CHICAGO - Fourteen days after Spin.ph reported that both sides were "close to reaching a deal," Alaska and Vic Manuel saw their divorce papers finalized on Tuesday.
Despite the appearance of hard feelings being mended, the relationship had soured like spoiled milk and reached a point where the best way to move forward was to go separate ways.
And just like that, Manuel is out of the dairy business and now straight into the robust LPG market.
I can't think of anyone who has had a better Tuesday than Manuel had today.
Not only did he get his trade wish granted, he also carted with him a wheelbarrow full of hard-earned, well-deserved cash.
According to a source who spoke on the condition of anonymity, his one-year deal was worth P420,000 a month "over and above the bonuses."
Manuel is 6-foot-4 and 231 pounds. And I've been told that there's no meter that can measure his happiness scale right now.
And there's plenty to be joyful for.
He joins a new team, a fresh start at age 33. No more Aces to fold, he instead gets the golden chance to help a re-tooled Phoenix rise. That must be excliritating.
Alaska, meanwhile, will suffer some separation anxiety with the bitter-sweet departure of a franchise player who averaged 15.9 points, 6.0 rebounds and 2.1 assists per during the last time he repped for the iconic franchise.
But the Aces have a reshuffled deck that holds a total of three picks in the first and second rounds of the upcoming draft. If played well, and given the depth of that batch, it could be three Aces for a rebuild.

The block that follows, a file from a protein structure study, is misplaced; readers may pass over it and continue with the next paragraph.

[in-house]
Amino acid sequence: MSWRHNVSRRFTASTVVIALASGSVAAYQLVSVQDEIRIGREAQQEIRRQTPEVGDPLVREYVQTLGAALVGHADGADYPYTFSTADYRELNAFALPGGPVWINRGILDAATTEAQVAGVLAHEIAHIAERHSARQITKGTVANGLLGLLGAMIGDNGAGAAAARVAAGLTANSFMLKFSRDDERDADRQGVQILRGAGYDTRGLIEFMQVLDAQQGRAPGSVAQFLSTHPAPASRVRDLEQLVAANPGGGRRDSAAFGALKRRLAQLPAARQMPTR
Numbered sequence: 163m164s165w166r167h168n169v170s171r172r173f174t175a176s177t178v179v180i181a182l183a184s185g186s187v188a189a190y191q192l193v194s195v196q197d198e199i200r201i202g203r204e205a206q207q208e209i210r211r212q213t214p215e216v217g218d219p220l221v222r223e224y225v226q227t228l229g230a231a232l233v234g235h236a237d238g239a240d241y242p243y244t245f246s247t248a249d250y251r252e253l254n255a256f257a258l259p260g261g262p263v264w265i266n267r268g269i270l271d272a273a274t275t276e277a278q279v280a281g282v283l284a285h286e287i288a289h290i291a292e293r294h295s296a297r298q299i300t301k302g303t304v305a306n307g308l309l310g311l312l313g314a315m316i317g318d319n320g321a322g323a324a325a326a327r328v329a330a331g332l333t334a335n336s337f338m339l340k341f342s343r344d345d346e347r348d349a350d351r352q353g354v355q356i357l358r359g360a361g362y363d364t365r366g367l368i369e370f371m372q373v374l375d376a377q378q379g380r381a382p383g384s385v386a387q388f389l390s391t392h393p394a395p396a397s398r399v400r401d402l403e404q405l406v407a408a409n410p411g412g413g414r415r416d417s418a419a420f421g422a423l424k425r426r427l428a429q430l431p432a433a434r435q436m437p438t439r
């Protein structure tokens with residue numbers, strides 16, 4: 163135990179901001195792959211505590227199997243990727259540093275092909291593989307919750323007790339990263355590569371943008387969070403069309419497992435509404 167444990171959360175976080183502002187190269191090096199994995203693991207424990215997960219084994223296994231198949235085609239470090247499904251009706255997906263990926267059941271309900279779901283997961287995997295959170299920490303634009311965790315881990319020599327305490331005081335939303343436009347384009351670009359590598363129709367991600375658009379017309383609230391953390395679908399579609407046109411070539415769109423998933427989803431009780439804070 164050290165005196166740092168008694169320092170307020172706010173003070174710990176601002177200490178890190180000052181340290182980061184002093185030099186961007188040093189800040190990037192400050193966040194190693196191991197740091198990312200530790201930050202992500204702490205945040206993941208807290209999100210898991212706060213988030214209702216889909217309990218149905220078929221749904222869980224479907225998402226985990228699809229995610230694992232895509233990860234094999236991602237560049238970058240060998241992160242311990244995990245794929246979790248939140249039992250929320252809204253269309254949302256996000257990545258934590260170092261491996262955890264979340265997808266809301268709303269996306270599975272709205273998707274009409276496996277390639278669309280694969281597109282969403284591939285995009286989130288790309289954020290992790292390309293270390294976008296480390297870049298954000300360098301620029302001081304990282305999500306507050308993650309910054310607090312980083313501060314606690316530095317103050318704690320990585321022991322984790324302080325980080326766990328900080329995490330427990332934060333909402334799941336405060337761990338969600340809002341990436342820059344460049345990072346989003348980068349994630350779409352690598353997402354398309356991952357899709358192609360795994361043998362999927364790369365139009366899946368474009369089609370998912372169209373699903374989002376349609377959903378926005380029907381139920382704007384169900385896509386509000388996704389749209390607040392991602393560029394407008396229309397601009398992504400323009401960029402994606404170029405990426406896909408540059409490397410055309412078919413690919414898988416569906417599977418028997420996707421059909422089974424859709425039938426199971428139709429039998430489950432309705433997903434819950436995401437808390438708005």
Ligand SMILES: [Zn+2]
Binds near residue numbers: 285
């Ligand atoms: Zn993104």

Unlike the SMB-Terrafirma affair that featured C.J. Perez, a malodorous swap that its architects laughably passed on as a fair trade, this Alaska-Phoenix deal really is truly a "win-win" minus the wink-wink.
After losing the star power of the mercurial Calvin Abueva, Phoenix inherits a lot of muscle and a healthy body of work from Manuel.
Alaska, meanwhile, gets the whiff of a new dawn, a new beginning.
Except for a few moments of passion where Manuel voiced his frustrations in public, it is refreshing to note that his break-up with Alaska was incredibly civil.
And throughout the entire saga, when tempers could have flared, the Uytengsu franchise simply reminded us that they are a class organization which, even when dared and tempted, will not air its dirty laundry outside of the board room.
Divorces are often brutal, contentious.
But as Alaska and Manuel's camp have shown, it doesn't have to.
It's hard enough to walk away from someone you love, so both sides decided they wouldn't mix pain with the sadness.